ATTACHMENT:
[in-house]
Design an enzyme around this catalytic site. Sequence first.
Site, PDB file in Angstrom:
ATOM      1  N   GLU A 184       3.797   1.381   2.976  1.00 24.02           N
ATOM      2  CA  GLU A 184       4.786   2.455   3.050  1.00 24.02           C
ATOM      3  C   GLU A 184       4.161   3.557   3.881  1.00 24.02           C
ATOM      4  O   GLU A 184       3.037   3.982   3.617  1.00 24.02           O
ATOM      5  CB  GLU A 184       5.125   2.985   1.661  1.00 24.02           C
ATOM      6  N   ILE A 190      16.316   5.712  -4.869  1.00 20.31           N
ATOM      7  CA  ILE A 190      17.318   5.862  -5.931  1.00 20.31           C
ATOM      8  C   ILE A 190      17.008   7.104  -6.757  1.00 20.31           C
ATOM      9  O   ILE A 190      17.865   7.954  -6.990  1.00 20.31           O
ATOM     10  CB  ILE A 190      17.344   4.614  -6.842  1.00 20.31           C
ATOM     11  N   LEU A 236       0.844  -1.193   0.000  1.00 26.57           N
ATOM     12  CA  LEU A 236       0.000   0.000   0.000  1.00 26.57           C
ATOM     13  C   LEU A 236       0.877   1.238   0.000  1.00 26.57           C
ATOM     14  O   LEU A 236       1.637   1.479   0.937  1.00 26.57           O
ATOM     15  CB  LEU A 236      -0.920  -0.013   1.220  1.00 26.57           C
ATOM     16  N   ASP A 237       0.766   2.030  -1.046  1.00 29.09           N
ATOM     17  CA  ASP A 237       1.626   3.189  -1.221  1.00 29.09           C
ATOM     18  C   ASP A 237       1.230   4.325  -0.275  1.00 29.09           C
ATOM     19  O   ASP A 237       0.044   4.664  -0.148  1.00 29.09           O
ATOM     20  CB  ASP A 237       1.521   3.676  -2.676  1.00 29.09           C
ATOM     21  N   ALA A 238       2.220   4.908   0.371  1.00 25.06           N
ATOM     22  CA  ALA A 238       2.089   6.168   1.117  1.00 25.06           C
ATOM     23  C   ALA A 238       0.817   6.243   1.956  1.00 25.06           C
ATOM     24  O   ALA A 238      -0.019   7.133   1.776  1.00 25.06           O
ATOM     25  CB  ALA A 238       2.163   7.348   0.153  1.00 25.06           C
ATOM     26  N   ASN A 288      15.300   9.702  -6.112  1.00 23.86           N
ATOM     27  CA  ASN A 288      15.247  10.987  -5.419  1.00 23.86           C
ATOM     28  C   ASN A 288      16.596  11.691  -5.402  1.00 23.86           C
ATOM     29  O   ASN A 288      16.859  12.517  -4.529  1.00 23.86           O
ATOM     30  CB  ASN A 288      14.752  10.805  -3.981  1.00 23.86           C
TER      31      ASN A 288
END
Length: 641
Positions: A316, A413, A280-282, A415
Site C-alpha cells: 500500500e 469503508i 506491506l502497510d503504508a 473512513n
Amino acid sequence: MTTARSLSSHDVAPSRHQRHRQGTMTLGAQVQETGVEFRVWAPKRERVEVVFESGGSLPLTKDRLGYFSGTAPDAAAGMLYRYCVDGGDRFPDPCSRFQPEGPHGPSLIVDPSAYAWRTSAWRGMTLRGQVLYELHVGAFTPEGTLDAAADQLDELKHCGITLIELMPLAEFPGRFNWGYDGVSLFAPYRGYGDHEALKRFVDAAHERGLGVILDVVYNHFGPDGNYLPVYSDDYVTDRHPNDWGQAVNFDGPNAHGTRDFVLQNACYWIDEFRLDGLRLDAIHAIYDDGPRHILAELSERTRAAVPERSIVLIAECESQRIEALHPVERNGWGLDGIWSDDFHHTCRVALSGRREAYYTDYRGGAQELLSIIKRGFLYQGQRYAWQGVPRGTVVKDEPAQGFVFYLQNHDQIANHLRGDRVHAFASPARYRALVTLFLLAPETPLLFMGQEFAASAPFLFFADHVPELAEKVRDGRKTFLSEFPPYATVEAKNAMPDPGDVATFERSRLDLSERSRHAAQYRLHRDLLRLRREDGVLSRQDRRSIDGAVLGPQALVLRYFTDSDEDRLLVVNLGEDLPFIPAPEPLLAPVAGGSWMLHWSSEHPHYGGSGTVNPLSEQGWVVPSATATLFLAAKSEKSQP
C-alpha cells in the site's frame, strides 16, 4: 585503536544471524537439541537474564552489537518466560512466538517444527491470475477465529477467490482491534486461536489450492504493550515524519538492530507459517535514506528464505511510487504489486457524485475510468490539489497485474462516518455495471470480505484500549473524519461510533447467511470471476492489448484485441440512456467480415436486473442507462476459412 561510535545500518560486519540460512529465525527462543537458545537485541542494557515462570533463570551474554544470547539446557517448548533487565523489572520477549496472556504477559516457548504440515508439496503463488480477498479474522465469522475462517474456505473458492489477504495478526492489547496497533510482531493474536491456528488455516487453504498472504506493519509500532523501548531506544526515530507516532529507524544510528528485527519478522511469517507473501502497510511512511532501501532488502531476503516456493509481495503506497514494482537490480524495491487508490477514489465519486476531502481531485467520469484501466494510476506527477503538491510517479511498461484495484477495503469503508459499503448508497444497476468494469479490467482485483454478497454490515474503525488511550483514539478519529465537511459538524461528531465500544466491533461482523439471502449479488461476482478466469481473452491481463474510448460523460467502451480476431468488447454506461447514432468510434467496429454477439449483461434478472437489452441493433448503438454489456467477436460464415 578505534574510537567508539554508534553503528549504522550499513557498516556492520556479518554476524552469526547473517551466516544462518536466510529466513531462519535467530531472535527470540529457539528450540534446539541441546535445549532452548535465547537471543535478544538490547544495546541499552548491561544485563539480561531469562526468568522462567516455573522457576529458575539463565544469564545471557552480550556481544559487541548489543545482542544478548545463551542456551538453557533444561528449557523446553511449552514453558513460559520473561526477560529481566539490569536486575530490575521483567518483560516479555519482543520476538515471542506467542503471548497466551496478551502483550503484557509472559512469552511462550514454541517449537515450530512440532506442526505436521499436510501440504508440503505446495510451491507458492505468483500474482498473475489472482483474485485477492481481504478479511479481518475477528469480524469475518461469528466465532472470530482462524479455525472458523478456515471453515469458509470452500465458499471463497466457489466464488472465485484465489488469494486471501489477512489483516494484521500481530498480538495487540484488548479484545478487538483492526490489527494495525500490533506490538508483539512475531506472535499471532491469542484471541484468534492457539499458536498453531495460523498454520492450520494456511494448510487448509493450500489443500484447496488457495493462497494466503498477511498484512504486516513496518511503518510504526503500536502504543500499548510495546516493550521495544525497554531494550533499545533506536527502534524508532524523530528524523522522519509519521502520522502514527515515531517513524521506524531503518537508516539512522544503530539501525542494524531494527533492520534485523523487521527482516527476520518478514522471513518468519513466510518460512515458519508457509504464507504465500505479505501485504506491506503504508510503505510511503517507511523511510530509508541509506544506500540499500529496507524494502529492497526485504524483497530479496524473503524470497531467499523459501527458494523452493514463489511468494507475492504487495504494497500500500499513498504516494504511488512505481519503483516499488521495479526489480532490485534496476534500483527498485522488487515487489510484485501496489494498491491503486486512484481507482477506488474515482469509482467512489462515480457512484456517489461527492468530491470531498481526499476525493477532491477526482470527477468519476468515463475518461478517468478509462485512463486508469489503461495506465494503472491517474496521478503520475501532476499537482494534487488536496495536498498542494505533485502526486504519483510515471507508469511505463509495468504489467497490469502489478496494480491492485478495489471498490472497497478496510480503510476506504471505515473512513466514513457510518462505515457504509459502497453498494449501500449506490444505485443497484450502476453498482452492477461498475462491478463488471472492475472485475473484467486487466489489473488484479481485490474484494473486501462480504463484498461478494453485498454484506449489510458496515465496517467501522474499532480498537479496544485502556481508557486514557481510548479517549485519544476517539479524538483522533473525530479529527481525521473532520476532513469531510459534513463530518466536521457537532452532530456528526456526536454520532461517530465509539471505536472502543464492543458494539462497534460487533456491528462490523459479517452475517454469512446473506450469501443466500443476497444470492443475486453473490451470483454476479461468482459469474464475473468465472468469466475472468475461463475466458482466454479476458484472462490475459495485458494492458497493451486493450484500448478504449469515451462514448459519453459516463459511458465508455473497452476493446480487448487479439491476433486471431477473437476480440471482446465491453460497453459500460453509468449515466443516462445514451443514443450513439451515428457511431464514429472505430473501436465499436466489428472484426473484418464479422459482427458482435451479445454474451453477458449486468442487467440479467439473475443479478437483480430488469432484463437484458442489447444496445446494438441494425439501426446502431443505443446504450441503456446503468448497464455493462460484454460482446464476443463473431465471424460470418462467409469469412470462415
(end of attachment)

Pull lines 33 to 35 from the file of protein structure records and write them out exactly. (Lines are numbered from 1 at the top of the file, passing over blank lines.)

ATOM     30  CB  ASN A 288      14.752  10.805  -3.981  1.00 23.86           C
TER      31      ASN A 288
END